The National Book Foundation's New Award For Translated Works Is Symbolic Of A Greater Shift In The American Literary Scene
It's been a stellar week for those who deal in translated literature. In a post on their website published on Wednesday, the National Book Foundation has announced that they would be adding a fifth National Book Award for translated fiction and nonfiction works published in the United States. "We now have the opportunity to recognize exceptional books that are written anywhere in the world," said David Steinberger, Chairman of the Board of Directors of the National Book Foundation, in the press release. "And to encourage new voices and perspectives to become part of our national discourse."
The additional guidelines for the new award, which will open for submissions in March, mirror those of its other National Book Award peers, — the work needs to be either newly on the market or as yet unreleased — with one clear distinction: both author and translator must be living at the time of submission, but neither needs to be a U.S. citizen. For every other honor that the National Book Foundation awards, authors must be legally "American." In an unprecedented move, the board, which unanimously voted to create a prize for Translated Work, has acknowledged both that English is not an exclusively "American" language, and that a person's citizenship is arbitrary in the face of artistic influence.
The addition of this award is symbolic of a greater shift in the American literary scene. "There has never been a better time to acknowledge that literatures originating elsewhere are as much a part of our 'national literature' as anything else," Michael Reynolds, editor-in-chief of Europa Editions, tells Bustle. "Like the many foreign-born people living in this country who have contributed so much to the culture, foreign literature, brought to life here thanks to the work of devoted translators, editors, and publishers, takes nothing away from the culture, rather it enriches and diversifies it."
Europa, an independent press specializing in international literature and publisher of the beloved Elena Ferrante Neapolitan novels, has spent years advocating for the inclusion of translated works into America's literary mainstream, despite facing some pretty daunting statistics.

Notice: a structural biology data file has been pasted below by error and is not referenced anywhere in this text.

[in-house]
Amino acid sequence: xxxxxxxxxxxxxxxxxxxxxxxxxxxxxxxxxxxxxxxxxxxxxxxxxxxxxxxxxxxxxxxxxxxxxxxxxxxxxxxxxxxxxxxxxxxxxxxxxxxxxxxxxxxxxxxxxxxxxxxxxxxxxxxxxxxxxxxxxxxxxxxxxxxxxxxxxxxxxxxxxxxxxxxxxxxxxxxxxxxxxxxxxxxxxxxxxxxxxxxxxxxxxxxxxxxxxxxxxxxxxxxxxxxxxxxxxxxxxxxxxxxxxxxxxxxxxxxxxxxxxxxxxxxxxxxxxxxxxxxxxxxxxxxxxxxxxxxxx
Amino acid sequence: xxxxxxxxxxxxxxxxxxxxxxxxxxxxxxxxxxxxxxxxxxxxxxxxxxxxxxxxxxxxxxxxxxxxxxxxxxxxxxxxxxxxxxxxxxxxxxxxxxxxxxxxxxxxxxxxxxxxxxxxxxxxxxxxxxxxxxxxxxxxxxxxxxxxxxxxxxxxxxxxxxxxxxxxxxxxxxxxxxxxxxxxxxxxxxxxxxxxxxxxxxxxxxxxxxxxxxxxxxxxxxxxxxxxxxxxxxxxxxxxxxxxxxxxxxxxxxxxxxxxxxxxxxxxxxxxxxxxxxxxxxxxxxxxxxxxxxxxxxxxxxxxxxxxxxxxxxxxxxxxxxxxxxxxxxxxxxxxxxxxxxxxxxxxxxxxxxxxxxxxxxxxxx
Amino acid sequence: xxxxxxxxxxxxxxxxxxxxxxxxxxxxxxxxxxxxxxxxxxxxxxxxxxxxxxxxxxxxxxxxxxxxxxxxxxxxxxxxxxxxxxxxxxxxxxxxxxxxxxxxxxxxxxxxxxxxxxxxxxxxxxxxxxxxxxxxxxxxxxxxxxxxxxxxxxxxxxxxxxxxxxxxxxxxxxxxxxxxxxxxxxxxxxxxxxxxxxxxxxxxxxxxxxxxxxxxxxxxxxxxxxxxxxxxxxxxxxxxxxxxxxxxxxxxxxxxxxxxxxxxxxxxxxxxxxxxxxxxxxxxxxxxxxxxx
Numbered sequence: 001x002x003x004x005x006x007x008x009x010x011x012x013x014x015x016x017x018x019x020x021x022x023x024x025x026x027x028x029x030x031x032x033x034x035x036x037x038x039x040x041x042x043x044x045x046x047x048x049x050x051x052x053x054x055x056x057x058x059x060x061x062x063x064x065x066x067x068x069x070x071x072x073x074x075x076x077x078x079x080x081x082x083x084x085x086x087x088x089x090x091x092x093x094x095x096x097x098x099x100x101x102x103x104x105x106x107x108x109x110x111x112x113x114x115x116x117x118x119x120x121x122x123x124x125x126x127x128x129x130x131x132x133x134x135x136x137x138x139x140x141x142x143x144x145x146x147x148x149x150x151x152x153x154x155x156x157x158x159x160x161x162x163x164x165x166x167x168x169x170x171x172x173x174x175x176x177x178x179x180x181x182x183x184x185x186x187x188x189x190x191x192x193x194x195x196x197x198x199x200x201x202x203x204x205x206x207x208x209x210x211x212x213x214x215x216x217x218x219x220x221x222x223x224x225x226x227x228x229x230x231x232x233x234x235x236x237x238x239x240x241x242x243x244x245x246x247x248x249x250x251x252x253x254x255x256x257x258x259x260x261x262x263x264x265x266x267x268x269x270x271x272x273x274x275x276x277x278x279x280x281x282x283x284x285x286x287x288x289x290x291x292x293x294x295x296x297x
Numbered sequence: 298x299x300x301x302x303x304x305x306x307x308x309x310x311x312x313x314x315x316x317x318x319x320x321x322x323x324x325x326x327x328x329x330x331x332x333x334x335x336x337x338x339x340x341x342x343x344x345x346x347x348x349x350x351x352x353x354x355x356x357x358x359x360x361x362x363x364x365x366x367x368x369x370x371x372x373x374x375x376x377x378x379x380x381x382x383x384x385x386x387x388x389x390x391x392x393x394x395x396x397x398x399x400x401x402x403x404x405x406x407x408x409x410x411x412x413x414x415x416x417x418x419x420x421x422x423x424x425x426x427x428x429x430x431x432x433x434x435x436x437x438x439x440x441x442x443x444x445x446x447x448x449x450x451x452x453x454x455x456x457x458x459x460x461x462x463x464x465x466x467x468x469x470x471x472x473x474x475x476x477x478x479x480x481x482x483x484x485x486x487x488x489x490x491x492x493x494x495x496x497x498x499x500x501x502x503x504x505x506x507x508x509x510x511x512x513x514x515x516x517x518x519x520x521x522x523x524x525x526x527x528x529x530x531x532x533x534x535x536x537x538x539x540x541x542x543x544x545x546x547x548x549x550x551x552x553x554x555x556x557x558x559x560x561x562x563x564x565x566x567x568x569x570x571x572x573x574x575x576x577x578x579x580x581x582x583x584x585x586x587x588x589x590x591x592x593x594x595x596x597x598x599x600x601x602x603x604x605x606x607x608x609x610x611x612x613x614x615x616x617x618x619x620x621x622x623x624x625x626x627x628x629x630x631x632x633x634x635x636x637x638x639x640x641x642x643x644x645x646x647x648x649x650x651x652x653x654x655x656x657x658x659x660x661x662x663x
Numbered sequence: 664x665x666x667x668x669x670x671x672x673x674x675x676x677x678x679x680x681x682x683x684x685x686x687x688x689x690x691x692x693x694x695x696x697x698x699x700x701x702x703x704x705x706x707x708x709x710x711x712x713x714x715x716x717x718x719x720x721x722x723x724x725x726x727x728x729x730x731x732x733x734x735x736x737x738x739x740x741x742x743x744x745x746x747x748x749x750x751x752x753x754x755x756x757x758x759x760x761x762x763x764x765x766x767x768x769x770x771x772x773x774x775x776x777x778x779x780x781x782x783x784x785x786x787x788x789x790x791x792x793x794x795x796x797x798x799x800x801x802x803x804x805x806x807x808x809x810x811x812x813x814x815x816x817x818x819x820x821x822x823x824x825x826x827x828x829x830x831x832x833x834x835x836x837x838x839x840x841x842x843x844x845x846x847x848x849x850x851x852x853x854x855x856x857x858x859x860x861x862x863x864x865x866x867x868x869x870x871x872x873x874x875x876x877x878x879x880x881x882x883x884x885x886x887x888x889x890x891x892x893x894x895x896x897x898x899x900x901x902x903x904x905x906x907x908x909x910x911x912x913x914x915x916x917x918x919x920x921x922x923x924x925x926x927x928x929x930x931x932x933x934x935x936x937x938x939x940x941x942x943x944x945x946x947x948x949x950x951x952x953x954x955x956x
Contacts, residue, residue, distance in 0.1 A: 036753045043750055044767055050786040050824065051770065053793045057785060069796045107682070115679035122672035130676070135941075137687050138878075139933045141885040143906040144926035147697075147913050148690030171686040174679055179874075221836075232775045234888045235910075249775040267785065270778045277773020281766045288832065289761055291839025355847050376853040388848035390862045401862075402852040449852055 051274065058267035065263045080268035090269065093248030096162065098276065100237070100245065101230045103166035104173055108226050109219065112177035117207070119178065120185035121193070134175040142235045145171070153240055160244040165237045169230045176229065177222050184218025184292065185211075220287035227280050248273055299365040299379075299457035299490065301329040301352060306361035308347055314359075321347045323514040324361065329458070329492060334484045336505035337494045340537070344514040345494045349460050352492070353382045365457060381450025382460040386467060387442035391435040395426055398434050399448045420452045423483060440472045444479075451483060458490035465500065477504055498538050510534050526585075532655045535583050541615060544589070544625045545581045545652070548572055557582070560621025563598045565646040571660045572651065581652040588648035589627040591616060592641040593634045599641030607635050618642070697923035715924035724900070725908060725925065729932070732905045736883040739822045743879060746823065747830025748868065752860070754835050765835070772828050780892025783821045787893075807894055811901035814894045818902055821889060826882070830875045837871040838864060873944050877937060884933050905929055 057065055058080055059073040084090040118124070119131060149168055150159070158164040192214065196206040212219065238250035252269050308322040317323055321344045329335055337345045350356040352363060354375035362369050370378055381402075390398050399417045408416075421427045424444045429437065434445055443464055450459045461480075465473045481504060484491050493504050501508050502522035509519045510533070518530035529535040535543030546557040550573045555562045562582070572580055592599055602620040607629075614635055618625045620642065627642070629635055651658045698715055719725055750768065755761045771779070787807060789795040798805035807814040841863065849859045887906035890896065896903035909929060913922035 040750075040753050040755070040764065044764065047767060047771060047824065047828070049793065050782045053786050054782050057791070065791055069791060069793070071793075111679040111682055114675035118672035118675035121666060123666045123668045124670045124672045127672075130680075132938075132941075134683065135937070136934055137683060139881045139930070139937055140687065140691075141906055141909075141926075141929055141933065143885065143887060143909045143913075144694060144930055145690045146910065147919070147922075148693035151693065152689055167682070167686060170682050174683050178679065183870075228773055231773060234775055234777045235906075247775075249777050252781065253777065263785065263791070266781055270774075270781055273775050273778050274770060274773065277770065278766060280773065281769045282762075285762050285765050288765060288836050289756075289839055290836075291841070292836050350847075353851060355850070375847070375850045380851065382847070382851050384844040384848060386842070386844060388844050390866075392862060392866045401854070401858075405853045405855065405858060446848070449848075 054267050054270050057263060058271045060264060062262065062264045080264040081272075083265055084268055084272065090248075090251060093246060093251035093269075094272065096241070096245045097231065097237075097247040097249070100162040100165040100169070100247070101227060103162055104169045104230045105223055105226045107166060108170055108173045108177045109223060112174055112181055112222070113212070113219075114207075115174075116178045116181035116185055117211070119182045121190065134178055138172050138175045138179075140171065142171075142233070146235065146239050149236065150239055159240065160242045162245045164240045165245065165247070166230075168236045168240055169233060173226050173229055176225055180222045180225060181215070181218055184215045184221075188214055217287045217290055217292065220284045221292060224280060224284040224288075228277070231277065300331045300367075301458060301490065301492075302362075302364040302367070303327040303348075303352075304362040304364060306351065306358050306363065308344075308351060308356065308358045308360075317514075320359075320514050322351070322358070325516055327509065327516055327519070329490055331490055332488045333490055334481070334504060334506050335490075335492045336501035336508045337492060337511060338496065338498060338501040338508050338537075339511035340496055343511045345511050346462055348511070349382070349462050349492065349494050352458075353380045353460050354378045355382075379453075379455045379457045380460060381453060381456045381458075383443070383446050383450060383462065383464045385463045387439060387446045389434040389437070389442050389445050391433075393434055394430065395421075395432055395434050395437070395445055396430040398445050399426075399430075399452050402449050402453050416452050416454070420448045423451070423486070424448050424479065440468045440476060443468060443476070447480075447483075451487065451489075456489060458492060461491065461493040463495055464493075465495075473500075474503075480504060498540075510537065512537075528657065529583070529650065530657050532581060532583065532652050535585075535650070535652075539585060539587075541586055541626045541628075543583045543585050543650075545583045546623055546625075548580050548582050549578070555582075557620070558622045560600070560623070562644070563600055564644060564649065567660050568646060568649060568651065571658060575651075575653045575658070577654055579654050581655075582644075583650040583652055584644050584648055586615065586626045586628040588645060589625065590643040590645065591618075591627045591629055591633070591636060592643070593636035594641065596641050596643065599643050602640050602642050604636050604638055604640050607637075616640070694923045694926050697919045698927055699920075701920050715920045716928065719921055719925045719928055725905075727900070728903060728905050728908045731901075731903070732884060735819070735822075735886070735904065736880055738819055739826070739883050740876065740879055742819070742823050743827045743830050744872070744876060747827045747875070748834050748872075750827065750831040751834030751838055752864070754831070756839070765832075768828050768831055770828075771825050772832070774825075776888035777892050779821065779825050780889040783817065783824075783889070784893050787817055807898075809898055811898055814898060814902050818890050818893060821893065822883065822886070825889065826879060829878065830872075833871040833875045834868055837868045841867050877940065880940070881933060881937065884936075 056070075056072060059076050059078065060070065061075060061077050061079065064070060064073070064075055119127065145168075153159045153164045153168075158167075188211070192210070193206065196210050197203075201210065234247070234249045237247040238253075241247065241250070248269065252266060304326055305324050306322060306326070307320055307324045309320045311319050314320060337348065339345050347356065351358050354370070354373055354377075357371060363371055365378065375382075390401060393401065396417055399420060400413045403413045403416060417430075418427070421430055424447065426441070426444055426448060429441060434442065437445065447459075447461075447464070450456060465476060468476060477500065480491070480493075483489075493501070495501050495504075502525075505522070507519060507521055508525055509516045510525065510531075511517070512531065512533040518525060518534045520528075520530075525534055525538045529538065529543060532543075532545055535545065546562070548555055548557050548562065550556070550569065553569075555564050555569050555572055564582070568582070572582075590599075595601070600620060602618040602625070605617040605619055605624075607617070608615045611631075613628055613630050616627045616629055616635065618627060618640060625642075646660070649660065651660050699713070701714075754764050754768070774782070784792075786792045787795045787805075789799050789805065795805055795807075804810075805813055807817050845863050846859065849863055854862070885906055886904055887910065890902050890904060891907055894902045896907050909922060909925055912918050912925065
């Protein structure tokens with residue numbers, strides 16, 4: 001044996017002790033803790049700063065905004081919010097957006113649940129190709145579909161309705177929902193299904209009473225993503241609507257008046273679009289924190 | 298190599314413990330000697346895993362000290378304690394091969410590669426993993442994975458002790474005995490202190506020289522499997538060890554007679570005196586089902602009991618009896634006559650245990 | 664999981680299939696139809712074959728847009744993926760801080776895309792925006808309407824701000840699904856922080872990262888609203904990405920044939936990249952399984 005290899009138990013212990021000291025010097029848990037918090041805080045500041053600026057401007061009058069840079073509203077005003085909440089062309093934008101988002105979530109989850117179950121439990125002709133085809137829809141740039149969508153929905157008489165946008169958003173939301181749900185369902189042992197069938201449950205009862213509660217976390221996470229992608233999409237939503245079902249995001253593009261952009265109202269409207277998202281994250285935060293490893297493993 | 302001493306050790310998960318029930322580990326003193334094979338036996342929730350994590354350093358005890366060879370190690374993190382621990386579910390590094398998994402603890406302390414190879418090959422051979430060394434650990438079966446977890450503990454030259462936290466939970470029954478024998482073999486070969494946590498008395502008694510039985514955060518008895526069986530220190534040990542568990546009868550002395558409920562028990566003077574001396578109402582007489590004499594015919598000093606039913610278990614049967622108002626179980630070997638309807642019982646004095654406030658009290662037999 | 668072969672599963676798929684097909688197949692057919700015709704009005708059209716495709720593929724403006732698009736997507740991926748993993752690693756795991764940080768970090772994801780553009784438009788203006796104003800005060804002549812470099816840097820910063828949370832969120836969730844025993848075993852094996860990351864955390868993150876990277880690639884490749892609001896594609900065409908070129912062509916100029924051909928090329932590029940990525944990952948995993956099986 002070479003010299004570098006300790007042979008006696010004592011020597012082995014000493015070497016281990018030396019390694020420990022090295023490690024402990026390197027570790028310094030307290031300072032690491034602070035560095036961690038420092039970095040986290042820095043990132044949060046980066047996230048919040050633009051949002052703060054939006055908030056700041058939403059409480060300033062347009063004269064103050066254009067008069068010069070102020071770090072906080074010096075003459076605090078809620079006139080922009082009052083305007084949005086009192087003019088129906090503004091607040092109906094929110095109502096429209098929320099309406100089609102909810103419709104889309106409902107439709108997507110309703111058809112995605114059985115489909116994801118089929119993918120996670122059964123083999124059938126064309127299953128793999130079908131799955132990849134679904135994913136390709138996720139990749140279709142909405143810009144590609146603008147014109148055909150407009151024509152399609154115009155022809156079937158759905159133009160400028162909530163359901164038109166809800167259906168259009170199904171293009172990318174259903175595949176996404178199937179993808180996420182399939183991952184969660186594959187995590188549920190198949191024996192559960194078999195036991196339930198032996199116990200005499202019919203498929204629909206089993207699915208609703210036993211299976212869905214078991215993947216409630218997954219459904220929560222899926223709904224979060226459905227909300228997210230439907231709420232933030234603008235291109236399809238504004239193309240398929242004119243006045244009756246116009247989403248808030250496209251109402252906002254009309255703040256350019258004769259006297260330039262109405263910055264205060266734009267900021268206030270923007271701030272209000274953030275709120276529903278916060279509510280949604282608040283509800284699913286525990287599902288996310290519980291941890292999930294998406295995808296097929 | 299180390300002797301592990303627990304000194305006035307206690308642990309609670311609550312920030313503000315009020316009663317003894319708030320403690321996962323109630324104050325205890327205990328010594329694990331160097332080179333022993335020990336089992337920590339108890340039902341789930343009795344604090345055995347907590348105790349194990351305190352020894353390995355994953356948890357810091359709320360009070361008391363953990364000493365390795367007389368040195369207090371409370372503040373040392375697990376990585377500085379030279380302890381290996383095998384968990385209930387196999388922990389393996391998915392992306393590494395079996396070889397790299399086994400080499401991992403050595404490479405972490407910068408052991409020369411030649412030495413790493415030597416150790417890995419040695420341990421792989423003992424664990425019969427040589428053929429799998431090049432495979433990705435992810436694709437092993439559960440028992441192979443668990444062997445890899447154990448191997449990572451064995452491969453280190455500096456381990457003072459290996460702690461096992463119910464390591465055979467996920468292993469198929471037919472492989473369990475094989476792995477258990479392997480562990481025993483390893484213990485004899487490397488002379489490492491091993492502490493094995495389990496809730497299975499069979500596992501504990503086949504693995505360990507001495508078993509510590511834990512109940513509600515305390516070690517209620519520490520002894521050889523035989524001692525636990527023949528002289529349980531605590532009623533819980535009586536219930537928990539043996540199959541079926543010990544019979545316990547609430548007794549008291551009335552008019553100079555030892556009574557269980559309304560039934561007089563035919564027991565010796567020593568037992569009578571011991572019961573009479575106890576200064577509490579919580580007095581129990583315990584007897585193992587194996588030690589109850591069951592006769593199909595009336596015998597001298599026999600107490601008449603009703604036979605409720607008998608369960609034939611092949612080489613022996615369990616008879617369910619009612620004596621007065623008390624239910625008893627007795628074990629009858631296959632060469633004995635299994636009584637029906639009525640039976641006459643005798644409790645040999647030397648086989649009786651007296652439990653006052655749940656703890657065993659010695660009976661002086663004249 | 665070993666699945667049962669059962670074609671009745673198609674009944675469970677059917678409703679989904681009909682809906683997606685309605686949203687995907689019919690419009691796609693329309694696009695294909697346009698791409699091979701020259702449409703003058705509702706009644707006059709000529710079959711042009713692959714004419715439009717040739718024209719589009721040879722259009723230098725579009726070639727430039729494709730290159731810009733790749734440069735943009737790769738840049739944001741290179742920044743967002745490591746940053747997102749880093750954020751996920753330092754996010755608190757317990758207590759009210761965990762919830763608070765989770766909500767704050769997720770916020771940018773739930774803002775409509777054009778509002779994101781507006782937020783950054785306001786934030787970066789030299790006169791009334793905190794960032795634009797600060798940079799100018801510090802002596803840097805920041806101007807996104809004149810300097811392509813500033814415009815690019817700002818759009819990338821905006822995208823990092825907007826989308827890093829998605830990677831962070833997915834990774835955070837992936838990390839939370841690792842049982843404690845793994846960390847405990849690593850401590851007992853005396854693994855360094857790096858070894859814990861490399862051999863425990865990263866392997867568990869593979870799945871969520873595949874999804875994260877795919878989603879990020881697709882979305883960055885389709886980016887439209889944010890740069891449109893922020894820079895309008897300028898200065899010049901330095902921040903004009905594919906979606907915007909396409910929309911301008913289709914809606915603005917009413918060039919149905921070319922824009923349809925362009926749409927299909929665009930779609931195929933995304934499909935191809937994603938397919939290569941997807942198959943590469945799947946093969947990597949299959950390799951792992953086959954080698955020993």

In 2007, a poll by Bowker found that only three percent of books published in the United States were books in translation, and between 85 and 90 percent of those came from either small non-profit or independent presses. That number inspired the creation of both Three Percent, an international literature resource and database, and Open Letter Books, a non-profit literary translation press, both based out of the University of Rochester. Three Percent runs just one of four national prizes for translated works, the others being the PEN Translation Prize and the American Literary Translator Association's National Translation Award.
Chad Post, publisher for Open Letter Books, says he's seen the number of new fiction and poetry translated works nearly double in the 10 years since Three Percent's founding — "Readers seem less terrified of translated books," he tells Bustle — but he's still speaking of a growth of 360 titles to 660 titles, compared to over 50,000 new fiction titles hitting the shelves each year. Post credits the increase in part to a growing urgency from some Americans to read beyond our own borders, particularly given the current political conversation regarding immigration.
So why read translated literature? Why the fight for its inclusion, why the prolonged frustration for advocates of international writing? Well, for a start, reading books written in English, by English-speaking people, greatly limits your scope of the world. Reading, at its core, is a form of communication, of sharing. It's a transformative experience, with the ability to carry readers through portals they would otherwise never have had access to. And a lack of diverse literature is hardly an adults-only issue: A 2006 study out of the University of Michigan found that exposure to multicultural reading materials benefits children in the classroom as well, affecting the ways they interact with one another.
So, could a National Book Award for translated fiction and non-fiction works actually get Americans to read more works-in-translation? It's possible. A high-profile award can do wonders for book sales; in fact, after The Vegetarian by Korean novelist Han Kang won the Man Booker International Award for works-in-translation in 2016, sales of the book surged worldwide.
Rachael Small, a senior publicist for Europa who has worked as a literary translator herself, was thrilled with the National Book Foundation's announcement. The decision, she says, exemplifies "the ideas that it’s impossible to have a national conversation without including international voices, that a healthy national literary culture cannot be myopic and ignore the books that the rest of the world is reading."
CORRECTION: A previous version of this article said there were only three national prizes for translated works. There are four, the fourth being the National Translation Award.